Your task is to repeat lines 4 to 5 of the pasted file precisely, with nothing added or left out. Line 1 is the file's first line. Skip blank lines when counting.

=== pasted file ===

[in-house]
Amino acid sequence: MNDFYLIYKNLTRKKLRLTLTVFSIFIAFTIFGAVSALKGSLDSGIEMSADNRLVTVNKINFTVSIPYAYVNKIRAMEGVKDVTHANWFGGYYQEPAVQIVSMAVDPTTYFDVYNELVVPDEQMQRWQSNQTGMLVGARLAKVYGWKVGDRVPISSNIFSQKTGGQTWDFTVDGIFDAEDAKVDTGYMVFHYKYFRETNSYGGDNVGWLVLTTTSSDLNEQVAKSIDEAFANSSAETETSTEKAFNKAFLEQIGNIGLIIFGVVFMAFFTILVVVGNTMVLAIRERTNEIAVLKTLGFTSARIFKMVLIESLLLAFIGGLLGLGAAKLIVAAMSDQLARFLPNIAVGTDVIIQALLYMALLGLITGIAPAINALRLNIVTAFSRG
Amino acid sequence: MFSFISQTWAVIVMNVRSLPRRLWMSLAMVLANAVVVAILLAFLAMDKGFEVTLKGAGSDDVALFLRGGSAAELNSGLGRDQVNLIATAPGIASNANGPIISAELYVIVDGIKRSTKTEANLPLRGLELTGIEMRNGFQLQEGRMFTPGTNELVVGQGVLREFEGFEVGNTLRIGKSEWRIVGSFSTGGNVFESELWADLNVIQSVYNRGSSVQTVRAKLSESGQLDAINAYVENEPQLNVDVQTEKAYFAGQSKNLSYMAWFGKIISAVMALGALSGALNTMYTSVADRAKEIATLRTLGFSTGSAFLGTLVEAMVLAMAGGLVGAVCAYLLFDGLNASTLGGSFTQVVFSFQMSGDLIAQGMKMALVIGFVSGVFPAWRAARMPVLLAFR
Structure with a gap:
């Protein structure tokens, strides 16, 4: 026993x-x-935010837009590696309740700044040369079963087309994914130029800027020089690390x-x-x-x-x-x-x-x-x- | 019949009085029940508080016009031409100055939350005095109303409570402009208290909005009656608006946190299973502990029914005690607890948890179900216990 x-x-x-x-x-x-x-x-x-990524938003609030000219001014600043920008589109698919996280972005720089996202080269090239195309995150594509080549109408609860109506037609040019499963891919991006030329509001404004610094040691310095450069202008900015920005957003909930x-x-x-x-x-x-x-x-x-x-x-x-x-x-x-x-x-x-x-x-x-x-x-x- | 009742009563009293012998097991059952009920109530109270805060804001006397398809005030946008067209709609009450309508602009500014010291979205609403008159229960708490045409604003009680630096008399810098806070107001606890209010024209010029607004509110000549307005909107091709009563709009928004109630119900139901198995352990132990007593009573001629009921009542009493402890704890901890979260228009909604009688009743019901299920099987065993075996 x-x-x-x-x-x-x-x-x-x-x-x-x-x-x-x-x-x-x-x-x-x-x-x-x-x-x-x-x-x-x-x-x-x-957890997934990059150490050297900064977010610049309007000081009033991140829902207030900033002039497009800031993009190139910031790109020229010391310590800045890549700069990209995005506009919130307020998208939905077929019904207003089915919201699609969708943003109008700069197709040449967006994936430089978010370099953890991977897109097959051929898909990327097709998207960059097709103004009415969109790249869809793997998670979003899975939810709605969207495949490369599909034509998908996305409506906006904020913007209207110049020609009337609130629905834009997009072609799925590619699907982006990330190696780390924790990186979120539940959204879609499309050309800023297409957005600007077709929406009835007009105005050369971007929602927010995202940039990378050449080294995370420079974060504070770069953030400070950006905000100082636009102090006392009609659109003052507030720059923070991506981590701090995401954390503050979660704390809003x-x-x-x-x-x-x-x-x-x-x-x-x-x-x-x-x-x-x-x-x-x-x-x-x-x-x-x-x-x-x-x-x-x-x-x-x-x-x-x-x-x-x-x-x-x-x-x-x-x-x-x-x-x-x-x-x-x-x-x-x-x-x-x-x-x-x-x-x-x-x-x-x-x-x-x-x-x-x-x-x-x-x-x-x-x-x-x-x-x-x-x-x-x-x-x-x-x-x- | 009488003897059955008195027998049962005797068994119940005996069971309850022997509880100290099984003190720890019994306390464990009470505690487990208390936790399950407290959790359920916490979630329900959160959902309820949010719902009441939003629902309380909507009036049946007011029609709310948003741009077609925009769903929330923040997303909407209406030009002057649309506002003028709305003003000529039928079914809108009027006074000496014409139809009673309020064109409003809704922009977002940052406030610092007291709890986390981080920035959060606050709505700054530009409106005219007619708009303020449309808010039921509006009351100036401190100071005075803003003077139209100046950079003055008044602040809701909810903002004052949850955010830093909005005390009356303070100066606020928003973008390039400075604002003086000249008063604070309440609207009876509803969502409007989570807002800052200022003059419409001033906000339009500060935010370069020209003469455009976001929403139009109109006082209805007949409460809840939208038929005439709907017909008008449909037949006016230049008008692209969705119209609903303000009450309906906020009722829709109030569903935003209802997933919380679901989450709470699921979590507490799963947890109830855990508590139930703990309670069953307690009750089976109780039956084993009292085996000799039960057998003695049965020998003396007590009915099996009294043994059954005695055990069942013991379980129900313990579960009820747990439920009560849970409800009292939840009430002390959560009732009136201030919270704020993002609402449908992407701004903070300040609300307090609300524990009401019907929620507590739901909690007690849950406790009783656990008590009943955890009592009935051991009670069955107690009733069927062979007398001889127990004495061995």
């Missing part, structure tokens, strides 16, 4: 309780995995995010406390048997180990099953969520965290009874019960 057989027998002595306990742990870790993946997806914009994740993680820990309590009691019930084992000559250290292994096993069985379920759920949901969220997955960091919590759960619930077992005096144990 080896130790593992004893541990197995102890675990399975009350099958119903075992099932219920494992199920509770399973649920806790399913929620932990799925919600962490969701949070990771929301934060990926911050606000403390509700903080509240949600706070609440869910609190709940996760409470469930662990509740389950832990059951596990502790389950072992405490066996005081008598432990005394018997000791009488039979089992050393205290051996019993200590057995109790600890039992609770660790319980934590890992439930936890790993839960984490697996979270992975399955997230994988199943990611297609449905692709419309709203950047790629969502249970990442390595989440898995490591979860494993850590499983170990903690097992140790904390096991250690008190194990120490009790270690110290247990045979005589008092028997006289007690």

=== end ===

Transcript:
Structure with a gap:
């Protein structure tokens, strides 16, 4: 026993x-x-935010837009590696309740700044040369079963087309994914130029800027020089690390x-x-x-x-x-x-x-x-x- | 019949009085029940508080016009031409100055939350005095109303409570402009208290909005009656608006946190299973502990029914005690607890948890179900216990 x-x-x-x-x-x-x-x-x-990524938003609030000219001014600043920008589109698919996280972005720089996202080269090239195309995150594509080549109408609860109506037609040019499963891919991006030329509001404004610094040691310095450069202008900015920005957003909930x-x-x-x-x-x-x-x-x-x-x-x-x-x-x-x-x-x-x-x-x-x-x-x- | 009742009563009293012998097991059952009920109530109270805060804001006397398809005030946008067209709609009450309508602009500014010291979205609403008159229960708490045409604003009680630096008399810098806070107001606890209010024209010029607004509110000549307005909107091709009563709009928004109630119900139901198995352990132990007593009573001629009921009542009493402890704890901890979260228009909604009688009743019901299920099987065993075996 x-x-x-x-x-x-x-x-x-x-x-x-x-x-x-x-x-x-x-x-x-x-x-x-x-x-x-x-x-x-x-x-x-x-957890997934990059150490050297900064977010610049309007000081009033991140829902207030900033002039497009800031993009190139910031790109020229010391310590800045890549700069990209995005506009919130307020998208939905077929019904207003089915919201699609969708943003109008700069197709040449967006994936430089978010370099953890991977897109097959051929898909990327097709998207960059097709103004009415969109790249869809793997998670979003899975939810709605969207495949490369599909034509998908996305409506906006904020913007209207110049020609009337609130629905834009997009072609799925590619699907982006990330190696780390924790990186979120539940959204879609499309050309800023297409957005600007077709929406009835007009105005050369971007929602927010995202940039990378050449080294995370420079974060504070770069953030400070950006905000100082636009102090006392009609659109003052507030720059923070991506981590701090995401954390503050979660704390809003x-x-x-x-x-x-x-x-x-x-x-x-x-x-x-x-x-x-x-x-x-x-x-x-x-x-x-x-x-x-x-x-x-x-x-x-x-x-x-x-x-x-x-x-x-x-x-x-x-x-x-x-x-x-x-x-x-x-x-x-x-x-x-x-x-x-x-x-x-x-x-x-x-x-x-x-x-x-x-x-x-x-x-x-x-x-x-x-x-x-x-x-x-x-x-x-x-x-x- | 009488003897059955008195027998049962005797068994119940005996069971309850022997509880100290099984003190720890019994306390464990009470505690487990208390936790399950407290959790359920916490979630329900959160959902309820949010719902009441939003629902309380909507009036049946007011029609709310948003741009077609925009769903929330923040997303909407209406030009002057649309506002003028709305003003000529039928079914809108009027006074000496014409139809009673309020064109409003809704922009977002940052406030610092007291709890986390981080920035959060606050709505700054530009409106005219007619708009303020449309808010039921509006009351100036401190100071005075803003003077139209100046950079003055008044602040809701909810903002004052949850955010830093909005005390009356303070100066606020928003973008390039400075604002003086000249008063604070309440609207009876509803969502409007989570807002800052200022003059419409001033906000339009500060935010370069020209003469455009976001929403139009109109006082209805007949409460809840939208038929005439709907017909008008449909037949006016230049008008692209969705119209609903303000009450309906906020009722829709109030569903935003209802997933919380679901989450709470699921979590507490799963947890109830855990508590139930703990309670069953307690009750089976109780039956084993009292085996000799039960057998003695049965020998003396007590009915099996009294043994059954005695055990069942013991379980129900313990579960009820747990439920009560849970409800009292939840009430002390959560009732009136201030919270704020993002609402449908992407701004903070300040609300307090609300524990009401019907929620507590739901909690007690849950406790009783656990008590009943955890009592009935051991009670069955107690009733069927062979007398001889127990004495061995």